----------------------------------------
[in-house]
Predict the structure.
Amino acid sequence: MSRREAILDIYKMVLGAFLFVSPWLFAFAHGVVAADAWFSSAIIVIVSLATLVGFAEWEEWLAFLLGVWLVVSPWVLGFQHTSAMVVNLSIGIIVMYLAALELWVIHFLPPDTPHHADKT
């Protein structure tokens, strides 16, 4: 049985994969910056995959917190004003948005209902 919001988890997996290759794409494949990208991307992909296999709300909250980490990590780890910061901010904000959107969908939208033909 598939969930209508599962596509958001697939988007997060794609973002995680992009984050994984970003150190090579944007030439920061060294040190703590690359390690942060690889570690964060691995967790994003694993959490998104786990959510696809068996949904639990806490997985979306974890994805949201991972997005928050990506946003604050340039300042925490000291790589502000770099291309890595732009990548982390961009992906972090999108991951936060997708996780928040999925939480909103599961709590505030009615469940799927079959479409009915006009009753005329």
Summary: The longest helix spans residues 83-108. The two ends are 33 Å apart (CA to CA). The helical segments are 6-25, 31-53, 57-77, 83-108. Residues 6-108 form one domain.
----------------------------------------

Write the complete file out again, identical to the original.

[in-house]
Predict the structure.
Amino acid sequence: MSRREAILDIYKMVLGAFLFVSPWLFAFAHGVVAADAWFSSAIIVIVSLATLVGFAEWEEWLAFLLGVWLVVSPWVLGFQHTSAMVVNLSIGIIVMYLAALELWVIHFLPPDTPHHADKT
């Protein structure tokens, strides 16, 4: 049985994969910056995959917190004003948005209902 919001988890997996290759794409494949990208991307992909296999709300909250980490990590780890910061901010904000959107969908939208033909 598939969930209508599962596509958001697939988007997060794609973002995680992009984050994984970003150190090579944007030439920061060294040190703590690359390690942060690889570690964060691995967790994003694993959490998104786990959510696809068996949904639990806490997985979306974890994805949201991972997005928050990506946003604050340039300042925490000291790589502000770099291309890595732009990548982390961009992906972090999108991951936060997708996780928040999925939480909103599961709590505030009615469940799927079959479409009915006009009753005329």
Summary: The longest helix spans residues 83-108. The two ends are 33 Å apart (CA to CA). The helical segments are 6-25, 31-53, 57-77, 83-108. Residues 6-108 form one domain.